So what do you do? You can’t hold the entire family hostage to the temper tantrums of one. Unbridled anger is destructive and dangerous. It’s probably more dangerous than emotional dishonesty because unbridled anger usually hurts others and destroys property.

When I was in college, pursuing my theater degree, I learned some things about anger. In a play, you often must display anger. I was not good at displaying anger. In fact, it was a struggle for me, but after a few classes, I got very good at it. I could be happy one minute and a raging inferno of anger the next. I could be laughing joyfully and crying real tears of sorrow the next. It was quite a shock to realize that emotions are created and do not sneak up on you without warning. Emotions are a choice.

Yes, emotions are a choice, and as with all choices, they can become habits. If you become really good at displaying anger, it becomes an automatic response to anything you don’t like. The more you use it, the stronger it grows. You learn that raging anger can manipulate people and bring them into submission. Not a good choice, but many use it. If you are not careful, anger can control you. Just like anger, self-pity, sorrow, depression – and, conversely, joy, contentment and happiness – are all choices.

One evening, I told my grandson. “I have a secret that can make your face look happy.” He was interested because he was miserable, and people had told him they didn’t like his grumpy face, and he needed to get it fixed. He had no idea how to do it.

I didn’t tell him what to do. I said, “You can make your face change by what you think about. Grandma is very sad now that everyone is moving away. I hate being alone. I don’t have any grandkids here to come and visit me. I am very lonely. I don’t think anybody loves me.” Because they were real emotions and something I was experiencing, tears came to my eyes, and my voice started to quiver.


Then I switched, “But I am so glad that I have time to do my quilts and my gardening. I have time to write. I can talk to my grandkids on Marco Polo and read them stories. I am able to go when I want to. I have so many things to be thankful for.” My voice began to change, and I smiled.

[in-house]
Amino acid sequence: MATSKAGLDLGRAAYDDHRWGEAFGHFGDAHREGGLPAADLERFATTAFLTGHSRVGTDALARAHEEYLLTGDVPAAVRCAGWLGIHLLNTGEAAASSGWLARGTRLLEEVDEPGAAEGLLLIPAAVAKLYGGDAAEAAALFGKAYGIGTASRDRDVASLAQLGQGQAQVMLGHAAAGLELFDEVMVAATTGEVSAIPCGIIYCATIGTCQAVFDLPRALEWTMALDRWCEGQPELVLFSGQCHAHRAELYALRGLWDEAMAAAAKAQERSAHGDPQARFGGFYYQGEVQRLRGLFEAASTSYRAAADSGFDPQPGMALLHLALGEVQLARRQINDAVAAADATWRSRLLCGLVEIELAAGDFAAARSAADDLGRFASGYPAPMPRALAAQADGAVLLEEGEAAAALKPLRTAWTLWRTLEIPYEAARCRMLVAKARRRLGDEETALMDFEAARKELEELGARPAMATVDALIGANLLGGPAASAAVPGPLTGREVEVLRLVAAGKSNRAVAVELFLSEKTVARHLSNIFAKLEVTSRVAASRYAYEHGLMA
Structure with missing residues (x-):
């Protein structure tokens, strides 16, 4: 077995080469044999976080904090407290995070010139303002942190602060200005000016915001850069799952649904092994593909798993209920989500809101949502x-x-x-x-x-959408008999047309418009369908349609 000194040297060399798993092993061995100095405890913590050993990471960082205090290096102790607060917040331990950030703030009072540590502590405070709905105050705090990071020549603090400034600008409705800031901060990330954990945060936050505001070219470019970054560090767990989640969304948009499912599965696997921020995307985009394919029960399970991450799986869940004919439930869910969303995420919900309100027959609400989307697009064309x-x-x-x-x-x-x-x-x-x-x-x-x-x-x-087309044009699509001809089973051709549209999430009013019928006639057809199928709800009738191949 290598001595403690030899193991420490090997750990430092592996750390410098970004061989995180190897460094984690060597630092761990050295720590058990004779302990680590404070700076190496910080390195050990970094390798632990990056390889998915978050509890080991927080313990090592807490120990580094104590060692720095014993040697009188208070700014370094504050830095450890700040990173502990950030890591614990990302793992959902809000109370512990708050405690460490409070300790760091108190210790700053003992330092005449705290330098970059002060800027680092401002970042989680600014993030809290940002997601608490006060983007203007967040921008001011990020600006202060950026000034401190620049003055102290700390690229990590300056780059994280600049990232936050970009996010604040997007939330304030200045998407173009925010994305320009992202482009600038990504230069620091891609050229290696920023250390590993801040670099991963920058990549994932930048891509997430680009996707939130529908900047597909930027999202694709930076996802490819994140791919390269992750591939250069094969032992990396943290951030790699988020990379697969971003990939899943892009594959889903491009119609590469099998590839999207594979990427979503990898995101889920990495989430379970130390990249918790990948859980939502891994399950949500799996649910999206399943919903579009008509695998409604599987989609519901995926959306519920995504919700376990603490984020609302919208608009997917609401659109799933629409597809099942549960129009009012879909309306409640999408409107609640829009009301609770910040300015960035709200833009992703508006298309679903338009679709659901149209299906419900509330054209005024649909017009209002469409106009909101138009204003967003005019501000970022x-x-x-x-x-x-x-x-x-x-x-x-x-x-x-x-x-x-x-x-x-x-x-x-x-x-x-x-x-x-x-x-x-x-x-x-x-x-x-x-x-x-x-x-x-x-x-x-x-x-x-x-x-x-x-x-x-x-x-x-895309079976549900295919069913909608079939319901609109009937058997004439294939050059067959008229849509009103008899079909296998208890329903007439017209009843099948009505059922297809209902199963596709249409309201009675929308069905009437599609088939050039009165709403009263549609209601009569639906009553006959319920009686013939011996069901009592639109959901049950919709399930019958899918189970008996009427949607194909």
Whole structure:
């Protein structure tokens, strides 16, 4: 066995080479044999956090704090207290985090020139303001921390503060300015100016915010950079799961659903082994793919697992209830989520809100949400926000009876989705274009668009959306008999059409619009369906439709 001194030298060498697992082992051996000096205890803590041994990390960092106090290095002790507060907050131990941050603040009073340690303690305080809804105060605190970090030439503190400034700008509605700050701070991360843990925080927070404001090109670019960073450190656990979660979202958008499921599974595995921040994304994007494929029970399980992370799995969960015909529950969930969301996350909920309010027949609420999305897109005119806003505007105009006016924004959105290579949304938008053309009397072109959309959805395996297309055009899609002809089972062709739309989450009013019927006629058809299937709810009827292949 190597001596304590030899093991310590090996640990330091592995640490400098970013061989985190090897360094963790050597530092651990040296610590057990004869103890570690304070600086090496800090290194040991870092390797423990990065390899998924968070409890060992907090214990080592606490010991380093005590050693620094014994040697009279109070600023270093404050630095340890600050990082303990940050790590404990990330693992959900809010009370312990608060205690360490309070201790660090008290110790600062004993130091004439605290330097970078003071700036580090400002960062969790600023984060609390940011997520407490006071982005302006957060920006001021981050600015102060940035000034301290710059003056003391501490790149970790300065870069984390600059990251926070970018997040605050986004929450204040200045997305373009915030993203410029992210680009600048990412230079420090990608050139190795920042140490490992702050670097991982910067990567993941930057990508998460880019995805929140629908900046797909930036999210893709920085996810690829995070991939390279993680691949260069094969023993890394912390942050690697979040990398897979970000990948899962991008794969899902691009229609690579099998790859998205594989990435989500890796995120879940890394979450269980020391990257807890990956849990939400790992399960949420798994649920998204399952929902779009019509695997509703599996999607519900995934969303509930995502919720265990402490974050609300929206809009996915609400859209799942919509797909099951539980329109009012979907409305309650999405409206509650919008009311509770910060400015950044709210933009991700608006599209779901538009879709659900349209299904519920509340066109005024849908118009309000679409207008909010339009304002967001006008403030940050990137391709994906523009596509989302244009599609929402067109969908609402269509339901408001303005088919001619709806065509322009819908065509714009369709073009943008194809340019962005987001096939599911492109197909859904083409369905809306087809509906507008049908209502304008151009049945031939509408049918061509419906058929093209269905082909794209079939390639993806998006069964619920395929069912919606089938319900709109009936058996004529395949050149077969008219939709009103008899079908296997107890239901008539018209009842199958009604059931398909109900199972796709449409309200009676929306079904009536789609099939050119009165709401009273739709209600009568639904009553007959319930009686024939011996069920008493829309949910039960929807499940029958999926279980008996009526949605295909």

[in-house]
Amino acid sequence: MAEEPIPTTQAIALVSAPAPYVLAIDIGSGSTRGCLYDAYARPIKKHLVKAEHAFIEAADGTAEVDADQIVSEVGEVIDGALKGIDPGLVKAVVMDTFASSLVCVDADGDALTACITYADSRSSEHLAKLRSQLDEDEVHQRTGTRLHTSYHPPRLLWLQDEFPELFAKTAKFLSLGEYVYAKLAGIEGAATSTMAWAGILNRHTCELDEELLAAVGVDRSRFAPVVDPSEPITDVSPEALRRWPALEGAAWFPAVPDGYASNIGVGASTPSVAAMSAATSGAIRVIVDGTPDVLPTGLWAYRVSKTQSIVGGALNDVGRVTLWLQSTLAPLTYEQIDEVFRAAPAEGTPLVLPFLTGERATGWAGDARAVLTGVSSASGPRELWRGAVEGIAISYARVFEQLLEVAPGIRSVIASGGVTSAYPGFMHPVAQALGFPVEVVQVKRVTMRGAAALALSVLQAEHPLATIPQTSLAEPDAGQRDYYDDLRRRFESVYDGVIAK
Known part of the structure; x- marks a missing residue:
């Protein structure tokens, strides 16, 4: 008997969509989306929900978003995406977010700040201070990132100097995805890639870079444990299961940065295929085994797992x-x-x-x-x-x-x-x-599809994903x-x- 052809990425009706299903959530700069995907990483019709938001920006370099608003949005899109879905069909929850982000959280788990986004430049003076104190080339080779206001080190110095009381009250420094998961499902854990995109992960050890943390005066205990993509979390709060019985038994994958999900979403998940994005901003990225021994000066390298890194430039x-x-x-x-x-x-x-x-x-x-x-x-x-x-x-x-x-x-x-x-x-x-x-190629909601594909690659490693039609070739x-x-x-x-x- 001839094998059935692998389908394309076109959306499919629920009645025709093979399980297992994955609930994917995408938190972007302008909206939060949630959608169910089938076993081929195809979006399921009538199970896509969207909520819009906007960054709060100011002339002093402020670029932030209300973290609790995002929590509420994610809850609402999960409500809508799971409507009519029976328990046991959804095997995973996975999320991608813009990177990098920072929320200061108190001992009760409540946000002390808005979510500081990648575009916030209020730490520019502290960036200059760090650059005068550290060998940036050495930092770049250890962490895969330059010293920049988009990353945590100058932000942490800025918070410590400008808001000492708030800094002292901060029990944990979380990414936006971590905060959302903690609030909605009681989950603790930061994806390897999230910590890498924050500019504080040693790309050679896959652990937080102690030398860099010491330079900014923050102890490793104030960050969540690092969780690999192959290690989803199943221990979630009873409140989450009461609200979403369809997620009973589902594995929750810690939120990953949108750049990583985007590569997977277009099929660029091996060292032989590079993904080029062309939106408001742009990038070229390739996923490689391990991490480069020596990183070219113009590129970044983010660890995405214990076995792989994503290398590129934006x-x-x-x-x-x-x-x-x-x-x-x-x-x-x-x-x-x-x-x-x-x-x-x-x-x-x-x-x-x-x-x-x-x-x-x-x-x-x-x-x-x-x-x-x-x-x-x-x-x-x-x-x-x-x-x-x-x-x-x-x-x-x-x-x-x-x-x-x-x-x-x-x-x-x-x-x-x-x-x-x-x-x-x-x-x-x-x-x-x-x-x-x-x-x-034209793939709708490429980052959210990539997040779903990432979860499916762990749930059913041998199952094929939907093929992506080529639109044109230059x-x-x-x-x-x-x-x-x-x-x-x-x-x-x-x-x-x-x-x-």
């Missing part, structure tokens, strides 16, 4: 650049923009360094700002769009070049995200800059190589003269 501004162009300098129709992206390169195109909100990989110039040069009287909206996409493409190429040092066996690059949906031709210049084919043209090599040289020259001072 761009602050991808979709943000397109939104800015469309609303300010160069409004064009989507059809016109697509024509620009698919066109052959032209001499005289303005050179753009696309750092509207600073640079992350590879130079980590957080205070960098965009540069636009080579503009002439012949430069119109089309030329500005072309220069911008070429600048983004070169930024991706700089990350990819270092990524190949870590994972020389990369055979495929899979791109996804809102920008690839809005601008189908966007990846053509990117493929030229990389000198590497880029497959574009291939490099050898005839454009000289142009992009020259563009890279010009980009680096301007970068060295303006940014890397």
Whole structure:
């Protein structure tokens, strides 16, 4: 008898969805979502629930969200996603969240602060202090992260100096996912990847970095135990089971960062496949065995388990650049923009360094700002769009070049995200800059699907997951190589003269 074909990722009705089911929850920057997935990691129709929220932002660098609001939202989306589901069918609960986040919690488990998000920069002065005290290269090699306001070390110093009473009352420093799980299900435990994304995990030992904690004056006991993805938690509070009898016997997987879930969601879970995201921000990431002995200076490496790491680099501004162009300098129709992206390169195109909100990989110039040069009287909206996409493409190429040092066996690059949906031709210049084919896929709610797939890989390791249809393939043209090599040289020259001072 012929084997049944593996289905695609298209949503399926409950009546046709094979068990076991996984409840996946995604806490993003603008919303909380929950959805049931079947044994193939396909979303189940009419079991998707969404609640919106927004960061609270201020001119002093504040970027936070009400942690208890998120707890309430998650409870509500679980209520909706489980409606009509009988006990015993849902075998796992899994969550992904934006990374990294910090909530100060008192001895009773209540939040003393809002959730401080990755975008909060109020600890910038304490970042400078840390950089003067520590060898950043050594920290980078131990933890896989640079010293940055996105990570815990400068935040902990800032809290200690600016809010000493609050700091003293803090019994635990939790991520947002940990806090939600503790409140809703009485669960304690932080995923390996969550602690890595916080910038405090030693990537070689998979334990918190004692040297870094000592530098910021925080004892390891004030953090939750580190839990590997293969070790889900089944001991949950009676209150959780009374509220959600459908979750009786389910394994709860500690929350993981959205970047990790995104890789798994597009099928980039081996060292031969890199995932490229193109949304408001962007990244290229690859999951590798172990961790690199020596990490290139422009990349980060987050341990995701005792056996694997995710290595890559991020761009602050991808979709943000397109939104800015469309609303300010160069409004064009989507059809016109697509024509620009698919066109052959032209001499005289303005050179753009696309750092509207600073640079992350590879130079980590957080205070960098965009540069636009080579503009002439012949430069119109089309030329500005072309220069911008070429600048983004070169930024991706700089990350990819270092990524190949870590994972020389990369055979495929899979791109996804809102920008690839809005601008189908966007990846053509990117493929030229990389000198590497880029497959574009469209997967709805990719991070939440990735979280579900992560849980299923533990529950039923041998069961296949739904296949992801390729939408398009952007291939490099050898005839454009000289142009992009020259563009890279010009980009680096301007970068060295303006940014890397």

Then I coached him, “What is one good thing about having a new dad?” He hesitantly answered, “We can play Legos.” “What else?” I asked. “I don’t know,” he frowned. I gave him a few ideas for what to do where he was going to live that he couldn’t do here. “You can Goofy Golf. You can go to the park.” As we talked, he started to smile. It wasn’t a made-up smile. It was genuine, filled with hope. “Can you see how that works?” I asked. “When you have happy thoughts, your face naturally shows it. Your thoughts control everything.”

The next day, I asked my daughter how it was going. She smiled, “Really well.” My grandson had bounced out of the house that morning. His broad smile would rival the sunshine. I asked him if he had been thinking happy thoughts and he said, “Yes!” I said, “I can tell.”

Now I am not naïve enough to think he will always be happy and be able to control his thoughts, which in turn will control his emotions, but he has a tool that will help him make better choices.

Thinking happy thoughts boils down to gratitude and positive expectations. If we look back on the blessings we have, we can literally change sorrow into contentment. If we look at the future with positive expectations, it fills our minds with hope. That will change how we feel about the present. There are always two ways to look at any situation. We can choose everything that is wrong, or we can choose everything that is right. Our face will follow suit. Every good deed and every violent crime begins in the mind. Literally, “As a man thinketh in his heart, so is he.”  end mark

Yevet Crandell Tenney is a Christian columnist who loves American values and traditions. She writes about faith, family and freedom.